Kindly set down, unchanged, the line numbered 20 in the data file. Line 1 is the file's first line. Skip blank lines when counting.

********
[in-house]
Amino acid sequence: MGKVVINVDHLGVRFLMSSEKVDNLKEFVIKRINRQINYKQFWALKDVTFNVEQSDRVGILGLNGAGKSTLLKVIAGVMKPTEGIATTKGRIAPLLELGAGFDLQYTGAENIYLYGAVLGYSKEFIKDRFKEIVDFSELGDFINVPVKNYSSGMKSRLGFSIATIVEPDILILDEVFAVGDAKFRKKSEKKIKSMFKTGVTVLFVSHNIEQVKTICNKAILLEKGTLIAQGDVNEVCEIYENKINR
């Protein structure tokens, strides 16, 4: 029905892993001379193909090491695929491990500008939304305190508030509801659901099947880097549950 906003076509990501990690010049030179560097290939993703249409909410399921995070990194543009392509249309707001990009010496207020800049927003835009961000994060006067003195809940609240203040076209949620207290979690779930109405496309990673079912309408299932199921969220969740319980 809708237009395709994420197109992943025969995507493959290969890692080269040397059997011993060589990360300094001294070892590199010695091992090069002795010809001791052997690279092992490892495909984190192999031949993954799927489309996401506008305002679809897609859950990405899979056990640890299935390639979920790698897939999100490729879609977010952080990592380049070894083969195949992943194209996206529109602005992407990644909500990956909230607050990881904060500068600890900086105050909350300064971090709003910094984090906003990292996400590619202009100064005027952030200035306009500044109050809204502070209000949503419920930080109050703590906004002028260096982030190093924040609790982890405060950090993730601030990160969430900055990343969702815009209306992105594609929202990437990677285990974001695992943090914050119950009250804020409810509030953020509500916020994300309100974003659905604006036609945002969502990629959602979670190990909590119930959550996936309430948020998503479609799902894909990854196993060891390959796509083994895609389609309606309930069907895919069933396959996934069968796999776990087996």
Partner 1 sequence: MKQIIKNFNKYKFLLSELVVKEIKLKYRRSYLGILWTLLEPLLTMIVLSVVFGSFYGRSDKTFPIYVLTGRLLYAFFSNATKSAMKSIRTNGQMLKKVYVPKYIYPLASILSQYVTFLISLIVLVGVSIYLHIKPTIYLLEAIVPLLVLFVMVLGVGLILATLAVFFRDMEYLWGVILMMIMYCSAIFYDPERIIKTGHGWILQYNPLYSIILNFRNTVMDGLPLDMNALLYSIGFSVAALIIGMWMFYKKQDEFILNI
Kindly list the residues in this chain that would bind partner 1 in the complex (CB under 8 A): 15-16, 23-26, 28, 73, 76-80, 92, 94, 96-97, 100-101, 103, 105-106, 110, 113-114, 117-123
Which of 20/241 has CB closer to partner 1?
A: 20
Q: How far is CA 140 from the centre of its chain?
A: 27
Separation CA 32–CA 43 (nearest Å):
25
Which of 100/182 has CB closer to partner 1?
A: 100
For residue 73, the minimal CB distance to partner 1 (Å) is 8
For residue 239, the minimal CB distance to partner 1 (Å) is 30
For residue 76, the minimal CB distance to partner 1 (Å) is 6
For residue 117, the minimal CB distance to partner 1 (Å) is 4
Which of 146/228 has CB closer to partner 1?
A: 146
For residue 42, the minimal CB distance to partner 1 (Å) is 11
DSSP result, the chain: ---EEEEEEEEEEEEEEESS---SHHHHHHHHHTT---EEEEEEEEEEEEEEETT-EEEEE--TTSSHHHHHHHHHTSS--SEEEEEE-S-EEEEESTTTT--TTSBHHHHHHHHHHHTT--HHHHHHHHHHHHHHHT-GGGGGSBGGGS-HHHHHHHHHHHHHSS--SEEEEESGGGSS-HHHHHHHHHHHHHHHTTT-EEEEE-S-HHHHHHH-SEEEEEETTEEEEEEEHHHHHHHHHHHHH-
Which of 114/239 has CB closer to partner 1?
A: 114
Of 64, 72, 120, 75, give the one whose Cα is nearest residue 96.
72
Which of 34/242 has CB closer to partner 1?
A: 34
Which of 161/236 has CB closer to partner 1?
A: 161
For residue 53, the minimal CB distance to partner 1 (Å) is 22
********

For residue 42, the minimal CB distance to partner 1 (Å) is 11